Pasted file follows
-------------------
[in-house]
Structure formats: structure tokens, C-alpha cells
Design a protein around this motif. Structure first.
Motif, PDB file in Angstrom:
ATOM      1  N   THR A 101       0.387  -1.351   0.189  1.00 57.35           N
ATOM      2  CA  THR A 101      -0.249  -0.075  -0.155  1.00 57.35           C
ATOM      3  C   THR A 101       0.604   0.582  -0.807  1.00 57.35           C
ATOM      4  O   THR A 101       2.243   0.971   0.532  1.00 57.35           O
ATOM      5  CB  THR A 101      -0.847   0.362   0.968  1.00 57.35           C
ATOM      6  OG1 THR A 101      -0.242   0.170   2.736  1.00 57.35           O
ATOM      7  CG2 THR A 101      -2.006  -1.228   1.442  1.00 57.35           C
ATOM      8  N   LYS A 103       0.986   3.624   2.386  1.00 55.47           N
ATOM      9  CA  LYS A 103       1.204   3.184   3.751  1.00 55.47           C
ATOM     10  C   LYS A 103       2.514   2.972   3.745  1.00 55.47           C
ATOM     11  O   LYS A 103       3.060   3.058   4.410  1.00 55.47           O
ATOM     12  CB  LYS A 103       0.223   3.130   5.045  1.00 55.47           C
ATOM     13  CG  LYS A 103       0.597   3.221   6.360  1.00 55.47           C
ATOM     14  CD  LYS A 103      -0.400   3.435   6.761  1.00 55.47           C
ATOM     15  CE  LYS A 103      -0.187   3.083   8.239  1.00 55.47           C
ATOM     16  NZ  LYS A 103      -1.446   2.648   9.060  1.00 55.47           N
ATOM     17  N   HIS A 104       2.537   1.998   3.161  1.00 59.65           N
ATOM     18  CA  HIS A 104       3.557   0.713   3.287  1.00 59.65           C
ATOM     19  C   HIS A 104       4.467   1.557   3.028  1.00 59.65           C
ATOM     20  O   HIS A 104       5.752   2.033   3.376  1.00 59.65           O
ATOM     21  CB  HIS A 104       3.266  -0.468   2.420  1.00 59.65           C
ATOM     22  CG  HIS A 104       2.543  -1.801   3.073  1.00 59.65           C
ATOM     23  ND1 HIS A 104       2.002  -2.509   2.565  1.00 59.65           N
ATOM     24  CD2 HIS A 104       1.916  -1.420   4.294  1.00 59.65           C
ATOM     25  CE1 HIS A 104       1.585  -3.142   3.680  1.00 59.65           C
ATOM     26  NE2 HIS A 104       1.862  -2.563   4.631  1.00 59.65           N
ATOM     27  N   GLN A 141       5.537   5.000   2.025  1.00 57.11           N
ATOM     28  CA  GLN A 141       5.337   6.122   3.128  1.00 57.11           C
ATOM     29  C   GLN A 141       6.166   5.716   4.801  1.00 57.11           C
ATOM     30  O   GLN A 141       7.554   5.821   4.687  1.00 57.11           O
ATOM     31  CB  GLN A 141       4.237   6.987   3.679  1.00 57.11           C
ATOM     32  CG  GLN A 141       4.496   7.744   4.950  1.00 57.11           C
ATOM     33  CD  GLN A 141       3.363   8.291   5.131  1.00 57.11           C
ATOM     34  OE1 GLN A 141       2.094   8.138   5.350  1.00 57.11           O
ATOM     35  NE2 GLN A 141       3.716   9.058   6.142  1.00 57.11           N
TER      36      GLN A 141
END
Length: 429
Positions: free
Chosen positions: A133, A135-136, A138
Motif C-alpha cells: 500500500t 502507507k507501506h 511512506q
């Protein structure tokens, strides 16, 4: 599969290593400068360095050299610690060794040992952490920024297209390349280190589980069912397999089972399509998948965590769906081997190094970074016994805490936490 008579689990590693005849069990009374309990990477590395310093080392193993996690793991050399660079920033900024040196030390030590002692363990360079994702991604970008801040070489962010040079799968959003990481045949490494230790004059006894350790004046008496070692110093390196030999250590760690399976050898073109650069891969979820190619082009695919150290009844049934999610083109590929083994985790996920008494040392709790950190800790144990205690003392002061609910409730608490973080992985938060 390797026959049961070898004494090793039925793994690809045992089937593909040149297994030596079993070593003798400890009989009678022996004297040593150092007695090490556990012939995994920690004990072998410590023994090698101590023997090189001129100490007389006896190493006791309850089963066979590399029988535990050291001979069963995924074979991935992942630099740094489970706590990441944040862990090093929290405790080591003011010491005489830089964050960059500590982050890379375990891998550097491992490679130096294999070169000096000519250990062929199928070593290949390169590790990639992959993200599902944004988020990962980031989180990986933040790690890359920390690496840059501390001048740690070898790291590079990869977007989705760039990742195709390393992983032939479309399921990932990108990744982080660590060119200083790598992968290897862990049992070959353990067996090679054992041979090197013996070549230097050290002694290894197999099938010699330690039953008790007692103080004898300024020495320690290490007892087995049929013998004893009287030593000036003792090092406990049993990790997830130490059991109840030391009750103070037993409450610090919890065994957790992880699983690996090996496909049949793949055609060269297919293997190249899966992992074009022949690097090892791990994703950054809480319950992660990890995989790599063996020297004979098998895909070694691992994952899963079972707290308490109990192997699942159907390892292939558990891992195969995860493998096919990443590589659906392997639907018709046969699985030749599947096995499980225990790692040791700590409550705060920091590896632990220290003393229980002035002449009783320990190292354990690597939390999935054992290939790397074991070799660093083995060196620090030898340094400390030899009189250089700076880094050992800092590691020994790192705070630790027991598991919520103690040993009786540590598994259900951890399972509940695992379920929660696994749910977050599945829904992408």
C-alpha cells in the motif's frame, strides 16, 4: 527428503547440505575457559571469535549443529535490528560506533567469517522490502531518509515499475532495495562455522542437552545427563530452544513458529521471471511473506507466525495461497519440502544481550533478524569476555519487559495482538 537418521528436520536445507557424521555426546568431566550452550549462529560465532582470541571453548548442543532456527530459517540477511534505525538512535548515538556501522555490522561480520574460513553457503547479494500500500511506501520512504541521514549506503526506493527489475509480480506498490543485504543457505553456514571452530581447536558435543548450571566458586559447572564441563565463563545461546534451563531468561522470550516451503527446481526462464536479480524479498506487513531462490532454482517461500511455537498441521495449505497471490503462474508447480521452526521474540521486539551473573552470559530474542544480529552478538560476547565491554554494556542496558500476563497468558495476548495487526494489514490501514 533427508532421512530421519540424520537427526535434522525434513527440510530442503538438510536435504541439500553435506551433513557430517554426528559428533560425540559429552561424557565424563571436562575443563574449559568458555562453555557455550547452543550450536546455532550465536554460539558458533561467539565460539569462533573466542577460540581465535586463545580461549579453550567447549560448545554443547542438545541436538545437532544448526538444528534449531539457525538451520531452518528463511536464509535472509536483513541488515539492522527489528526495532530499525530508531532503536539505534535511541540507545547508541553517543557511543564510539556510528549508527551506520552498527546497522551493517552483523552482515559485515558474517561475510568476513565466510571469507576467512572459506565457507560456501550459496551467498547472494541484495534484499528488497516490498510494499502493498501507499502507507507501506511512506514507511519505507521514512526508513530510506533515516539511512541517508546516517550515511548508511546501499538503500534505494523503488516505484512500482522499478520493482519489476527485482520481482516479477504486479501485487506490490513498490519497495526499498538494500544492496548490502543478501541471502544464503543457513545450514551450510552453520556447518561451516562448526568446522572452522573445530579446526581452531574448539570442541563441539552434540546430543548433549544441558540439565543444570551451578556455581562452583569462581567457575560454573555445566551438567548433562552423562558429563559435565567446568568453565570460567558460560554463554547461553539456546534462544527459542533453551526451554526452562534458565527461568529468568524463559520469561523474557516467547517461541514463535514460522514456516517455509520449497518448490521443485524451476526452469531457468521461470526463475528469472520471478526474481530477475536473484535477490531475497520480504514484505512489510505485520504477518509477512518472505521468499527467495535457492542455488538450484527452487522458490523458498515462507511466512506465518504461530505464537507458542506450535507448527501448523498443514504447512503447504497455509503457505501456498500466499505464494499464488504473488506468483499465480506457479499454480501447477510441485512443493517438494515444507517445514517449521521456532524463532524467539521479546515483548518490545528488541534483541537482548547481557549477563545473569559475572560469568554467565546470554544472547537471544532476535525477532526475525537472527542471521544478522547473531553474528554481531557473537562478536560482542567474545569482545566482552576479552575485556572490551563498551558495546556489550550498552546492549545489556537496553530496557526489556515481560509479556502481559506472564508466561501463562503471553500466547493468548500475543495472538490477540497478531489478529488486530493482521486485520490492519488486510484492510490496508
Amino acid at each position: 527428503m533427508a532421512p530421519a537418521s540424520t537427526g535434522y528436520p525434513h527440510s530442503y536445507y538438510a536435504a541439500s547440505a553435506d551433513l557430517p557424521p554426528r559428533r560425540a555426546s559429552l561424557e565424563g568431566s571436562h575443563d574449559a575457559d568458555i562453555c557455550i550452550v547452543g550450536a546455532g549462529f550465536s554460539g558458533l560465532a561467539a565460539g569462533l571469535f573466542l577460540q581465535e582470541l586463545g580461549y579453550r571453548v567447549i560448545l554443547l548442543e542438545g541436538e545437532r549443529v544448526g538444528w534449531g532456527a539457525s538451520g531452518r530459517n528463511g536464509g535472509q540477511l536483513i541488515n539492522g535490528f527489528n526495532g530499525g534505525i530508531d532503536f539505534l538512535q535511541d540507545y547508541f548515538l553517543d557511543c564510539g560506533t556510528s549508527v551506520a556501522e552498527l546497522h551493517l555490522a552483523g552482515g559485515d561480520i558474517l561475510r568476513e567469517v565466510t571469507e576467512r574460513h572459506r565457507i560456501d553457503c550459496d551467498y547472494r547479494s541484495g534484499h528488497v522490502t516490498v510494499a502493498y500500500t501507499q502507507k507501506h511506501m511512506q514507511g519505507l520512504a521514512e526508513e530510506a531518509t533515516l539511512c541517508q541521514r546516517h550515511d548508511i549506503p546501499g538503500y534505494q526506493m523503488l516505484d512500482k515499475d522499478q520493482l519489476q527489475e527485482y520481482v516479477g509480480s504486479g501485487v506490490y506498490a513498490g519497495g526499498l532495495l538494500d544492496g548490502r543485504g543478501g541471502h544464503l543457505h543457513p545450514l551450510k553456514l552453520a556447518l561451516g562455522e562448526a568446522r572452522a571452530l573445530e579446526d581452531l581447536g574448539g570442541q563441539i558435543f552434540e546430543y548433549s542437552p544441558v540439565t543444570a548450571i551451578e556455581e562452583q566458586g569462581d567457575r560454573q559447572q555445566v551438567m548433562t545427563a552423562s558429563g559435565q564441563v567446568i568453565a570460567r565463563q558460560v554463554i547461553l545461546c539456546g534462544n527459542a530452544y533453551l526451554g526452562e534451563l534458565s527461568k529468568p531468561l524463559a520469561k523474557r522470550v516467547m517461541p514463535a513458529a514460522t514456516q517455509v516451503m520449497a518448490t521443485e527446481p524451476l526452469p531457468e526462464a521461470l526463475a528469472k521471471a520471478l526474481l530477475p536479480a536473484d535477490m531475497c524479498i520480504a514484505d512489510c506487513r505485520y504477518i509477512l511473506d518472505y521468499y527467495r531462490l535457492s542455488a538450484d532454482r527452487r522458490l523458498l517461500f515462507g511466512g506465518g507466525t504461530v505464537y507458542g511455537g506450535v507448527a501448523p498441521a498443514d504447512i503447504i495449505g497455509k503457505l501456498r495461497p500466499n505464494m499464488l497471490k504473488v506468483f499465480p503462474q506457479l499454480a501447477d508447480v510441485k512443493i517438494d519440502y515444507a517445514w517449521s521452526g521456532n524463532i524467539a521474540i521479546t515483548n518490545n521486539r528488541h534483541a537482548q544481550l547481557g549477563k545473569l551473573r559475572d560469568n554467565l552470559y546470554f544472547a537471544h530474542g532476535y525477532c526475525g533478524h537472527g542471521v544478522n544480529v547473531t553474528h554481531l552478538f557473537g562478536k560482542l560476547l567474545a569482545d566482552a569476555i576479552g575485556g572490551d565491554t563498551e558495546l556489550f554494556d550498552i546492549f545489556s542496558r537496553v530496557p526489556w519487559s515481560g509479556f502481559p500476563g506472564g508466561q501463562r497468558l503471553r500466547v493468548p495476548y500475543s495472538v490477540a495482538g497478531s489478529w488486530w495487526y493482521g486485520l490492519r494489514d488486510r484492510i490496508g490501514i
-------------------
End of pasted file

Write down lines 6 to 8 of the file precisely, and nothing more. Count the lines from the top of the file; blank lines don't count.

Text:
ATOM      2  CA  THR A 101      -0.249  -0.075  -0.155  1.00 57.35           C
ATOM      3  C   THR A 101       0.604   0.582  -0.807  1.00 57.35           C
ATOM      4  O   THR A 101       2.243   0.971   0.532  1.00 57.35           O